Generally, kids’ birthday parties are not my favorite way to spend a Saturday or Sunday afternoon. The venues are loud, the food is lousy, the cake is overfrosted, and the kids go home with goody bags of crap and about 80 pounds of sugar coursing through their veins. This past weekend, however, I went to a birthday party that I’m really glad I attended.

First of all, it was fun because the main attraction was an inflatable water slide in a graveyard. Because the birthday boy’s home didn’t have a backyard to speak of, the water slide had been installed in the adjacent graveyard. There’s not a much better juxtaposition of life and death than a bunch of kids on sugar benders screaming and laughing and being daredevils in one of New Orleans’ famous cities of the dead.

But the main reason I enjoyed the party was that I got to see an amazing side of my daughter: the assertive, friendly, confident little girl that –– because I’m such a complete and total pushover –– rarely has a reason to emerge when it’s just the two of us. The kids on the water slide were significantly older and bigger than she was, but she was completely unfazed. Within minutes, she had learned all of their names and was at the top of the slide with her hands cupped around her mouth screaming, “Grayson! Aiden! Move, please! I get to go now!” She stood her ground but waited her turn; she didn’t break the rules or get bossy, but she also didn’t take any shit from these bigger kids.

I watched her with a familiar maternal mixture of overwhelming awe and pride … and worry.

When she was a much younger but still very active baby, I used to joke that somewhere there was a family of circus acrobats who were going to be really pissed and bewildered when their little girl only wanted to lie on the couch and watch Law and Order. Now that she’s older and I can’t deny the family resemblance any longer, I have no explanation as to why we’re so very different –– except, maybe, that I’ve had more time to be socially influenced by how our culture thinks “ladies” should act.

As I watched Ruby waiting in line and fearlessly chatting with the other kids, I hoped that she would always be exactly the way she is right now, even though I know it’s not all that likely.

Although I probably seem more or less adept in most social situations, the truth is I am still cringingly awkward. I lie awake after parties regretting things I did or said –– even though I know, logically, that everyone else is either sleeping peacefully or regretting things they did or said, that no one is still thinking about me. I am always shocked when people like me or express an interest in being friends with me, and 95 percent of the time, I’m way too nervous to initiate a conversation with anyone. And assertive? No way, not me. I will let a thousand people cut into line in front of me before I even clear my throat. I cave on almost everything, and I have literally run away from conflict on more than one occasion.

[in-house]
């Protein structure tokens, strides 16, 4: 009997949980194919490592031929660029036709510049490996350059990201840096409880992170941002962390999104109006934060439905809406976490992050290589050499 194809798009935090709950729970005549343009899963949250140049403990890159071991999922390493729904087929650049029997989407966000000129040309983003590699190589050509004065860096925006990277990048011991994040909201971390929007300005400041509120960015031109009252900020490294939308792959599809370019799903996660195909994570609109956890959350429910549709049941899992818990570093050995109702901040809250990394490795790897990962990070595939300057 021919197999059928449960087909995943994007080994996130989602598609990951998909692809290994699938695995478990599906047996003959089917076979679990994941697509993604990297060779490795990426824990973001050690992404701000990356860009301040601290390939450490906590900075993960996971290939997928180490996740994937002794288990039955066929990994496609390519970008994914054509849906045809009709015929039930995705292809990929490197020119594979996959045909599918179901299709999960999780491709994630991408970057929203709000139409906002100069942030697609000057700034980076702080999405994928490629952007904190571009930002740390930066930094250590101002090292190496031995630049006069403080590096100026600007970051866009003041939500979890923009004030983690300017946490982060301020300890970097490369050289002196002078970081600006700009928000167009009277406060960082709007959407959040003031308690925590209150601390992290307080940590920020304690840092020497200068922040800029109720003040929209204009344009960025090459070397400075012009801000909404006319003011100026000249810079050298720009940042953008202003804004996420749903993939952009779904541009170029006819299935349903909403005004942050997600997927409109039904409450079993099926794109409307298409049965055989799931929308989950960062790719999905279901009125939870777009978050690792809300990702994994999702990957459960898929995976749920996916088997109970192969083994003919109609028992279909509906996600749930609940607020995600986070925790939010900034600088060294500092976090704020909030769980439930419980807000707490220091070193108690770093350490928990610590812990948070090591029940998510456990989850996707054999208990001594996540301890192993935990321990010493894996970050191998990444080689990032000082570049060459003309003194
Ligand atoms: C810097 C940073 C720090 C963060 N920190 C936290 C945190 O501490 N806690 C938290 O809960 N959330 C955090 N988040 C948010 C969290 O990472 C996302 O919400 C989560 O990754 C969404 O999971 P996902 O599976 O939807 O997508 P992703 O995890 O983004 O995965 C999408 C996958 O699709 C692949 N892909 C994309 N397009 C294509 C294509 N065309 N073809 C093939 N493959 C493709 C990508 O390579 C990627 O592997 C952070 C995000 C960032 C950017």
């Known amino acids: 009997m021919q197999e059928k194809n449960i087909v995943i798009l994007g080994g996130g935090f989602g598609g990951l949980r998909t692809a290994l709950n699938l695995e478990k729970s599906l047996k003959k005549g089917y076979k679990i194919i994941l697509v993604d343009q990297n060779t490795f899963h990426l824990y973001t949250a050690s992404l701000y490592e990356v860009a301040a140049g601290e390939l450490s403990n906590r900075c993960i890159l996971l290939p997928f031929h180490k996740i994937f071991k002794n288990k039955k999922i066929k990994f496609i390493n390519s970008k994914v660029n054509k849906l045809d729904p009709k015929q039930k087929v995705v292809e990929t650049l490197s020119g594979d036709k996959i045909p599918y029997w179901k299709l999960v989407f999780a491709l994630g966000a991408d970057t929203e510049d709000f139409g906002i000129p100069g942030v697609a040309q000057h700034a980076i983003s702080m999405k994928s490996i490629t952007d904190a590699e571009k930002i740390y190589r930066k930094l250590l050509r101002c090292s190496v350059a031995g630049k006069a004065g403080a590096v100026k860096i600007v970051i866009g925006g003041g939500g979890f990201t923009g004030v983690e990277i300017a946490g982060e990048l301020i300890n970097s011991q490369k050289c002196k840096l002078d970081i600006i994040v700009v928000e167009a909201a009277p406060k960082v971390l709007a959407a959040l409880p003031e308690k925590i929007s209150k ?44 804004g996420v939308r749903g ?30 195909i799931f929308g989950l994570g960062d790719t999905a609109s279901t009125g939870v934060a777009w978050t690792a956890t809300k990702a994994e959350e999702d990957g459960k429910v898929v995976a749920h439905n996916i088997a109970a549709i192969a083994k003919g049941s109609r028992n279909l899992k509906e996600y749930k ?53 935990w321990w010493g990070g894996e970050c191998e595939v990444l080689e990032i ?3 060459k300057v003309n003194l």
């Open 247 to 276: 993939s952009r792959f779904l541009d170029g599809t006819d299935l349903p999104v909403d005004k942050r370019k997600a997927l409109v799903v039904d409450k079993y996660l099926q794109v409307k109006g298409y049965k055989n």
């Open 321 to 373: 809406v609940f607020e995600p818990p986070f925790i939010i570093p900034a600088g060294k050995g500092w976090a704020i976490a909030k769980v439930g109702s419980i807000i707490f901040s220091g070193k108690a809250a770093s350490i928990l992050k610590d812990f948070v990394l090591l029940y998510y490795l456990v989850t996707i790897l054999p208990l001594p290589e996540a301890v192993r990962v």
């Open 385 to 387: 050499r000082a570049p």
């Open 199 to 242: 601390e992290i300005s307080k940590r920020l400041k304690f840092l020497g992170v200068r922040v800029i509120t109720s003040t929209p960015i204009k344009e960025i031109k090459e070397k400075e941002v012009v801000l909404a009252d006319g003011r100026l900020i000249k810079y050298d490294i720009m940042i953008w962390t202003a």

I think this started in first grade when the teacher had laryngitis and made me teach the class –– after that, I was the automatic hall monitor, the natural choice to watch the class while the teacher stepped out, the default selection for student of the week. And obviously, no one liked me. One day, a group of fifth grade girls was clustered around the swing set, and I curiously wandered over to see what was going on. A pudgy blonde freckled girl –– whose name I remember but will not use –– turned around and made a face and said, “Ugh, go away, Eve. You’re not popular.” And I flinched and turned around and slunk away. I don’t want to say that incident haunts me because that’s giving it more significance than it really has, but I do flash back on it every now and then and wince.

As I stood admiring Ruby, I hoped more than anything that none of that would ever befall her, that she would always be as sure of herself as she is now. And then I realized that more than anything, more than society or mean prepubescent girls or well-meaning teachers, I will influence her behavior based on how I behave. And if I want my daughter to grow up to be assured and forceful, then I’m going to have to change my own behavior, stop second-guessing myself, stand up for myself, learn how to say no sometimes.

It seems like a daunting task –– but for Ruby, for this tough little girl laughing and shrieking and hurling herself blonde curly headfirst down a water slide in a graveyard –– for her, anything is possible.